Republican Party officials say there has been some erosion in the base because of the Iraq war but that overall, grass-roots support remains strong for President Bush’s latest efforts to defeat the terrorists there — at least for now.
Some Republican officials also are concerned about the political fallout for their party if the president’s troop escalation has not eased violence in Iraq enough for a reduction of U.S. combat troops before the elections next year.
“There is clearly concern. People are worried about how this will play out, both in the short term and the long term, but most party activists I have talked with feel we should at least wait until General David Petraeus [the U.S. military commander in Iraq] comes back with his first report in September before making any decisions,” Michigan Republican Party Chairman Saul Anuzis said.
Randy Pullen, the Arizona Republican Party chairman, echoed Mr. Anuzis.
“I think the base of the party is very concerned about the war. I hear a lot of talk about it at party meetings around the state,” Mr. Pullen said.
“Despite the Democrats’ best efforts to retreat and surrender to the terrorists in Iraq, it’s become clear that the troop surge is basically working,” he said. “The talk here is very supportive of the troops, and quite a few are very supportive of the president’s efforts in general.
“Seventy percent of the party here is supporting getting closure in the war in Iraq that will enable us to withdraw in an orderly fashion and not abruptly leave,” Mr. Pullen said.
Support for Mr. Bush’s war policies is strongest in the South — in heavily Republican states, such as South Carolina. That state’s party chairman, Katan Dawson, said he has “not seen that much slippage in the party over the war. I’ve heard a lot of angst over the immigration debate, but in general, Republicans understand the war on terror.
“I have not seen a lot of angst in the party about the president’s troop surge. If anything, I think they are supporting his position and think he is doing the right thing in Iraq,” Mr. Dawson said.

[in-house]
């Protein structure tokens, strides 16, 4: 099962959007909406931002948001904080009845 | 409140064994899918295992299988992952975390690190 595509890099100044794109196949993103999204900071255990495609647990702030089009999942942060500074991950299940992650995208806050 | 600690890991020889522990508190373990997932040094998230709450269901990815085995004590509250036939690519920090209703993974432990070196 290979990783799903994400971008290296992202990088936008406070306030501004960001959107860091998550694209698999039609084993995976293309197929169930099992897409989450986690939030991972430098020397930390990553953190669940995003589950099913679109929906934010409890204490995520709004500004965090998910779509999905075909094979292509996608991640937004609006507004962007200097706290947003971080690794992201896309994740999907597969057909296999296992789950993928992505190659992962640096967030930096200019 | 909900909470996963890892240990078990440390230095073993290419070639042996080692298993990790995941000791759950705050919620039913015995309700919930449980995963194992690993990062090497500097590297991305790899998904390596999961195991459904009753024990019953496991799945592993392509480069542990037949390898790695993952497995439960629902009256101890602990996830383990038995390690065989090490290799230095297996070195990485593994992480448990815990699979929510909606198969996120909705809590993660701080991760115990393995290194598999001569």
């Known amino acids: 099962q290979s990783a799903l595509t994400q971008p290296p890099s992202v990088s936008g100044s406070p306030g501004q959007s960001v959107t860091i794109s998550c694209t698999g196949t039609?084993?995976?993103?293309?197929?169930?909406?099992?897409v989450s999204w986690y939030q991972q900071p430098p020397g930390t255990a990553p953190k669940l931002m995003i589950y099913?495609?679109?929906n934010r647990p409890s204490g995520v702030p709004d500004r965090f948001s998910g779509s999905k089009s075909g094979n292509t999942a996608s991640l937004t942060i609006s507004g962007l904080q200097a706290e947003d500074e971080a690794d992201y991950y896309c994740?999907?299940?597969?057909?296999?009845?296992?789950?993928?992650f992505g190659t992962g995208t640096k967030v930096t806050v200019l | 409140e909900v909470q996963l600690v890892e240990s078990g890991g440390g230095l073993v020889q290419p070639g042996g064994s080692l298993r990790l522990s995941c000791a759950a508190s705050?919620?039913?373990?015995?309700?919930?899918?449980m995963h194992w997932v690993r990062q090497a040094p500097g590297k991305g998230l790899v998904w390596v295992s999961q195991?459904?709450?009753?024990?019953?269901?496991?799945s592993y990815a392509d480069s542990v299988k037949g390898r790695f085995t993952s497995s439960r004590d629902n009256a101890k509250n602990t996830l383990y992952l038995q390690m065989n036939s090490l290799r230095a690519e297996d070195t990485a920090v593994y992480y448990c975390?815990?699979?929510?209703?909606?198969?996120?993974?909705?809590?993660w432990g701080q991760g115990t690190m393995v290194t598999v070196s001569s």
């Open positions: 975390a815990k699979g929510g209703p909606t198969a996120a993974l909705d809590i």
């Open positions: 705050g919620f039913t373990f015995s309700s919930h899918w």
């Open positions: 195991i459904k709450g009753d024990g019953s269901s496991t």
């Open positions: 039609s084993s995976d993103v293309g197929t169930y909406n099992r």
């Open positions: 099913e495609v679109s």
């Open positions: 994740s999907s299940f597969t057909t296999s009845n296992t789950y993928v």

In neighboring North Carolina, however, a Republican official, who declined to speak for the record, said: “We have a lot of military people in the state, folks who were supportive of the war at first, but patience is wearing thin. I’m hearing ‘enough is enough.’ ”
That growing unease within the party about the war was reflected in a statement by North Carolina Sen. Elizabeth Dole last week that made headlines across the state.
“Our commitment in Iraq is not indefinite, nor should the Iraqi government perceive it to be. It is my firm hope and belief that we can start bringing our troops home in 2008,” Mrs. Dole said.
There is greater unease about the political fallout for Republicans if the surge strategy does not work, party members said.
“I think it will be a cause for concern to our elected officials if there is a feeling that nothing is going right next year,” said former Republican Party Chairwoman Diane Tebelius of Washington state.
“Clearly, the war hurt us last time around [in the midterm elections] and would hurt us again in the upcoming election,” Mr. Anuzis said. “I think there is clearly a desire [in the party] to see some kind of resolution and some kind of progress. That’s where everybody here is right now.”